Frederick Douglas Hobby,
CDM, Chief Strategist,
I hope this article will generate an honest discussion about the lack of racial and ethnic diversity in healthcare leadership and governance, while identifying what it will take to transform healthcare organizations into the inclusive industry it needs to be. This article is intended to build bridges, not burn them. That is a fine line. It is my hope the article will be received in the spirit in which it is intended.
For more than twenty- five years, achieving diversity in the workforce, especially in the C-Suite and governance structures, has been cited as one of the healthcare industry’s most important commitments and has frequently been referred to as a national strategic priority. I have watched as the commitment to address the lack of diversity in the healthcare workforce began with strong momentum, receiving unparalleled focus, monetary support, and human resources. But I have also seen the more recent, subtle demise of the industry’s focus and an overt retreat from the commitment to racial and ethnic diversity. Instead, emphasis has been placed on achieving goals of health equity for disparate populations. Although no one can object to this need in the healthcare system, the issue is that neither is mutually exclusive; in reality, health equity cannot be achieved without diverse representation in senior leadership roles.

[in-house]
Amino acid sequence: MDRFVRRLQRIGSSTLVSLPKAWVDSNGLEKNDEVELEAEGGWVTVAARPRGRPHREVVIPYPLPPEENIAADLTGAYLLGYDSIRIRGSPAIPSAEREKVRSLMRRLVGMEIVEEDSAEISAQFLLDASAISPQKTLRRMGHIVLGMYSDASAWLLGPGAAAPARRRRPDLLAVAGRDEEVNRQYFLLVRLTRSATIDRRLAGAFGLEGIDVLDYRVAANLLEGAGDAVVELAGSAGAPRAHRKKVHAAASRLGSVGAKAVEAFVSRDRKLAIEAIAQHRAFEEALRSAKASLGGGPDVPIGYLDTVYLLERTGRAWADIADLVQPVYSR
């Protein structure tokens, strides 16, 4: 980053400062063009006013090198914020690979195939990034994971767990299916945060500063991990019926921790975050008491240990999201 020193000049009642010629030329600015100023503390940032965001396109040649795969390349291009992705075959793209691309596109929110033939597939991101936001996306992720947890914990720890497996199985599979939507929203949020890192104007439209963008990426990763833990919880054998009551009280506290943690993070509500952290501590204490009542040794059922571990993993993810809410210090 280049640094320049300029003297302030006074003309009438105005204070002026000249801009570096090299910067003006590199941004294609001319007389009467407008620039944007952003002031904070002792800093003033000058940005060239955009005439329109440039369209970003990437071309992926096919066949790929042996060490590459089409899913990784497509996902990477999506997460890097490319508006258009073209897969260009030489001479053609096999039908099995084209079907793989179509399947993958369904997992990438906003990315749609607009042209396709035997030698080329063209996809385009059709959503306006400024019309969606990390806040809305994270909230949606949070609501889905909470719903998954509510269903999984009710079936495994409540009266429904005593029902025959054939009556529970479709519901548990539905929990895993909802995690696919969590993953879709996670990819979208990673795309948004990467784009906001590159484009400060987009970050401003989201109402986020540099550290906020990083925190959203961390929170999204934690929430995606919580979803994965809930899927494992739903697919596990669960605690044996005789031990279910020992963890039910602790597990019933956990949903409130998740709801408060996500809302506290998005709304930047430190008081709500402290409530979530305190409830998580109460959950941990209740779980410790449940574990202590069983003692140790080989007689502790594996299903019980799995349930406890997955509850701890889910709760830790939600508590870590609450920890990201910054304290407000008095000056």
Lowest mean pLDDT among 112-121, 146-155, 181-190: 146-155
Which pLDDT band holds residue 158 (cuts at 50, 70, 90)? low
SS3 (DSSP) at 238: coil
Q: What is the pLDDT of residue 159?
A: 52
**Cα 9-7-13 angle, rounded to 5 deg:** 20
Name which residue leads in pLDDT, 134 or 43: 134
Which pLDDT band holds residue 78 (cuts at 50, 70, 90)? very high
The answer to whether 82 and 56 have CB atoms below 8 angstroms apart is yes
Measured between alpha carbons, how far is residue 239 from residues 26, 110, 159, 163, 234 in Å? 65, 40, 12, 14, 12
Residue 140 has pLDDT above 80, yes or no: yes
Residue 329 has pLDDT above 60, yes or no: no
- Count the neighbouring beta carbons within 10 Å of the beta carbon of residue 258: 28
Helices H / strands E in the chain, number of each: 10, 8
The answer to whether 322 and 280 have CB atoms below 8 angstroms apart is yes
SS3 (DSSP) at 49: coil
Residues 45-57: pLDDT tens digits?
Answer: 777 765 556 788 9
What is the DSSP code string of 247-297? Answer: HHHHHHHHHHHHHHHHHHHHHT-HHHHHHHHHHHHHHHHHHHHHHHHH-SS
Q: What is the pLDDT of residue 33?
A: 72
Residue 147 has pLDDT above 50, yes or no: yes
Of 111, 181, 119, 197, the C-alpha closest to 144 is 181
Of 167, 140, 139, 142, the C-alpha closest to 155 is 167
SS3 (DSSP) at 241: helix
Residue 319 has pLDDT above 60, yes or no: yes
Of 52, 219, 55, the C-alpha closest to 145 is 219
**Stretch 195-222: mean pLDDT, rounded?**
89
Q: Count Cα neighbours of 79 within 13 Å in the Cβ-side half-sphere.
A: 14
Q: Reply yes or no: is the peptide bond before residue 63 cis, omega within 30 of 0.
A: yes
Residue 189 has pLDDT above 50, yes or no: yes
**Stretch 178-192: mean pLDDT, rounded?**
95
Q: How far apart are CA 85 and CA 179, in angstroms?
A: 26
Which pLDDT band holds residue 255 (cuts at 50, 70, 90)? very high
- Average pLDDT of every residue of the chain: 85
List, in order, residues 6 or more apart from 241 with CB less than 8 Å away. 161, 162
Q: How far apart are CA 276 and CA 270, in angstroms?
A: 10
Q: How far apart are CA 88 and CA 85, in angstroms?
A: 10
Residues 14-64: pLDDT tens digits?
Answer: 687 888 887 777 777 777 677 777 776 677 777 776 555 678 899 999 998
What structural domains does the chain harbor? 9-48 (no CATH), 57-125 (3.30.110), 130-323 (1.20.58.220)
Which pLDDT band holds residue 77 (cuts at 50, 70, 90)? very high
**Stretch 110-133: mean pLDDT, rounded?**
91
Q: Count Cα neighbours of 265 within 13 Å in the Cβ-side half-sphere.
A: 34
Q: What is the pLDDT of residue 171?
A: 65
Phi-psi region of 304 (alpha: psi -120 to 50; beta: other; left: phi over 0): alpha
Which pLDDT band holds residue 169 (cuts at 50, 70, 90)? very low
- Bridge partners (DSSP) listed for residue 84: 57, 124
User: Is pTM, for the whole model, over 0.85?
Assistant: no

During the 1990’s, the ability of private companies to display cultural sensitivity in advertising and ethnic marketing often resulted in increased market share and profitability. The private sector produced several publications, which collected diversity-related data through voluntary surveys and published the results, creating a competitive platform for corporate recognition. Companies held that promoting minorities to executive levels and increasing minority representation on corporate boards increased the awareness and involvement of racially- identifiable consumers and stakeholders creating/enhancing a new stream of revenue referred to as “emerging markets.” This strategy for creating brand preference within emerging markets just made good business sense (Kochan et al., 2003). However, by no means am I suggesting that people of color, who were promoted or recruited to provide leadership in large corporations, weren’t qualified. These were not token promotions driven by Affirmative Action goals. Quite the contrary! Many of these “promotable” individuals, including Caucasian women, had been groomed for years and quietly worked their way up the corporate ladder over the course of their long careers.